In order to increase revenues for Cebu City, a councilor is proposing to increase the taxes imposed by the city on banks and other financial institutions.
But during a public hearing on the proposed ordinance by Councilor Raymond Alvin Garcia yesterday afternoon, the Cebu Bankers Club (CBC) expressed their opposition to the proposal, saying that banks had incurred more expenses in the past couple of years.
Mario Fritz Palileo, CBC president, read a statement signed by members of the CBC’s board of directors where they explained that the increase in taxes would also mean an increase in the total expenses of banks.
“Bank expenses have increased these past few years due to capital expenditures which are aimed in increasing the safety and efficiency of the bank’s delivery of services and operations,” he said.
Garcia’s proposed amendments to Sections 46 and 48 of the Cebu City Omnibus Tax Ordinance seek to increase the taxes imposed by the city on banks by another 25 percent.
Currently, the city imposes a tax rate of 50 percent of the one percent of gross annual receipts of banks and other financial institutions.
Garcia wants it to become 75 percent of the one percent of banks’ gross annual receipts which is the highest percentage provided for under the Local Government Code.
Taxes banks pay
According to Palileo, banks that are not full service usually pay P40,000 to P50,000 per branch as taxes with the current rate.
On the other hand, full-service banks or those that offer direct loans pay as much as P100,000 to P200,000 as taxes to the city with the current rate.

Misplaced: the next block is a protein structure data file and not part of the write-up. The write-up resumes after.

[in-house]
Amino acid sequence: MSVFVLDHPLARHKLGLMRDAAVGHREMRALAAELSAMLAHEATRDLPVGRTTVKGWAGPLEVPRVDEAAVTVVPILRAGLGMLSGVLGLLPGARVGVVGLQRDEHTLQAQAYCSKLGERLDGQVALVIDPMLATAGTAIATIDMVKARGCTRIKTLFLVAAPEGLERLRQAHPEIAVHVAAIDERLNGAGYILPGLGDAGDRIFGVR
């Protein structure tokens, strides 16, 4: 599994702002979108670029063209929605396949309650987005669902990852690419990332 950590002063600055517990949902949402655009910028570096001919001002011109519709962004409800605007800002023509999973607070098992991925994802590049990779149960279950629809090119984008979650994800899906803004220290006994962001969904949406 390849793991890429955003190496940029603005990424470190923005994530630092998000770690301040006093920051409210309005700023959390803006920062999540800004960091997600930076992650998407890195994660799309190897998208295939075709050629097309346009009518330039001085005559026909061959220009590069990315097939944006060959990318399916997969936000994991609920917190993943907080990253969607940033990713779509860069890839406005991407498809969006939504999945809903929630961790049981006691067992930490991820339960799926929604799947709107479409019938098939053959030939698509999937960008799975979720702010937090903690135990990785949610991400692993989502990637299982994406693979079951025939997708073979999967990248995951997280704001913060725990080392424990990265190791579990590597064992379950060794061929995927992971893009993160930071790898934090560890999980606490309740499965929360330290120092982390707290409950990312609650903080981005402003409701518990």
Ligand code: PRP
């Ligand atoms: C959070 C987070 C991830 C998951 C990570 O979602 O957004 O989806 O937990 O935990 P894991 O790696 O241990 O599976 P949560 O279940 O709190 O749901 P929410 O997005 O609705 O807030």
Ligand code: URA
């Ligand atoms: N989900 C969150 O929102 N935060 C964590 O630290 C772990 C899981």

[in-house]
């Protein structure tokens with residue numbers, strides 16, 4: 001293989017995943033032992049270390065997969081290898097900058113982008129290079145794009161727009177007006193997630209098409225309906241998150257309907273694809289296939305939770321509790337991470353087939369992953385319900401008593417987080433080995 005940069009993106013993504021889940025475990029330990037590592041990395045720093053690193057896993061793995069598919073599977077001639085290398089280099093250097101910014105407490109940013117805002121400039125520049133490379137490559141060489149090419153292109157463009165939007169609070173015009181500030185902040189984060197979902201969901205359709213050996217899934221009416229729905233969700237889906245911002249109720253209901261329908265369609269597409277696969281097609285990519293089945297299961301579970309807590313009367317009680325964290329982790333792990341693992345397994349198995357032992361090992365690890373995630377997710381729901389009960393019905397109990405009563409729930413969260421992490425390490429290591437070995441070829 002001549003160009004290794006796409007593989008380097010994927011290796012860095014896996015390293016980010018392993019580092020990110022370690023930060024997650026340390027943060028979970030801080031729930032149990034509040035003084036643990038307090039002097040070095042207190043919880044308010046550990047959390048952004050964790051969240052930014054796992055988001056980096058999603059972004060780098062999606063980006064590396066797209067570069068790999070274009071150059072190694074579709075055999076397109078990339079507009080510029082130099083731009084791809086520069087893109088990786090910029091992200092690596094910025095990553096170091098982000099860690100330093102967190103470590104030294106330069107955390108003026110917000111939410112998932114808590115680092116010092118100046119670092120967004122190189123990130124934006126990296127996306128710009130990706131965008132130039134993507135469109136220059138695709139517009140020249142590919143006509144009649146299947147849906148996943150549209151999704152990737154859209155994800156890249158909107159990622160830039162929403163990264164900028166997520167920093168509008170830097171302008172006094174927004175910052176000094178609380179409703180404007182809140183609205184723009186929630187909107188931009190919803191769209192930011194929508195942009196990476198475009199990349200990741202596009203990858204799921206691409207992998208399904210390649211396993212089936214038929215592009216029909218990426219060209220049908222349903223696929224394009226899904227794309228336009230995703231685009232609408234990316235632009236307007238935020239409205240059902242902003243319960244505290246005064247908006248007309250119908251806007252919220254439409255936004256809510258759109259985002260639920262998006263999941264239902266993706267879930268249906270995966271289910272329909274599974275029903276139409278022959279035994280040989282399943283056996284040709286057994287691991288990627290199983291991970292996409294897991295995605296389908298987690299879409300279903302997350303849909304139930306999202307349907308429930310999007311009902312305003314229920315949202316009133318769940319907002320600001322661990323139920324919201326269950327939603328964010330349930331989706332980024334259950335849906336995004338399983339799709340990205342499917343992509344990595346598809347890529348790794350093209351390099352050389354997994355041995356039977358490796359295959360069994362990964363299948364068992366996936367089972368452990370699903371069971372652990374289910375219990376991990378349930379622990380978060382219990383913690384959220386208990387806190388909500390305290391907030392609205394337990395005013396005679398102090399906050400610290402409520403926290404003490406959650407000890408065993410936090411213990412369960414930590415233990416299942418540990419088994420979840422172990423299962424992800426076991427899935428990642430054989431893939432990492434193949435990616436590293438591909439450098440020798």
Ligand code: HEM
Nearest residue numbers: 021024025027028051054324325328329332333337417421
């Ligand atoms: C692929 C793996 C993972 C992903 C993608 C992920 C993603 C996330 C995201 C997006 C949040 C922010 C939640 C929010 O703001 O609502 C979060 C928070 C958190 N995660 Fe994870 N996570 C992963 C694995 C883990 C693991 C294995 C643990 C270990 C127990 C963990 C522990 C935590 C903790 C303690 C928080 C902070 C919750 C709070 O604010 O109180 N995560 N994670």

These rates are expected to increase by another 25 percent if the proposal of Garcia is approved by the City Council.
Palileo said among the expenses banks had recently incurred included the switch to EMV technology for ATM cards and machines due to recent incidents of ATM card fraud all over the country.
The Bangko Sentral ng Pilipinas (BSP) has mandated banks to do the switch.
Banks have also implemented the Check Image Clearing System (CICS) to shorten the clearing period of checks deposited by clients.
The upgrade includes the purchase of new machines, he added.
The emergence of Financial Technology (FinTech) companies, Palileo said, had also pushed banks to upgrade computer peripherals and other machines to cope with the competition.
“Whereas, banks have continued to pursue to be competitive and provide the Filipino citizens with financial products and services, we recommend that the implementation of the proposed amendment mentioned in the agenda be put on hold and be deferred for further study,” read CBC’s position paper.
“We believe also that the banks have been taxed enough with its gross receipts, bank signages, bank computer equipment and Automated Teller Machines,” it added.
Asked when banks could already recover from their recent expenses, Palileo said it would take about two years for them.
Only lesser profit
But Councilor Margarita Osmeña, who was once a banker, said that even if the increase in taxes would mean additional expenses for the banks, it would still not mean that they would already lose money.
She said it would just mean that the banks’ revenues and profits would be a bit lower.
“This will certainly increase income to support various programs, projects and activities of the government, said Cebu City Officer Marietta Gumia, who is in favor of the proposed amendment, in a separate position paper.
Aside from the increase in taxes, Garcia also proposed that there would be a clarification of the definition and coverage of the term “gross annual receipts.”
His proposed amendment specifies coverage including interest from loans and discounts; interest earned and actually collected on interbank loans; and rental of property.
After yesterday’s public hearing, the recommendations would be forwarded to Councilor Garcia, sponsor of the proposed ordinance, who would then decide whether to revise or add the recommendations to his proposed amendments. It will then be submitted to the City Council for approval.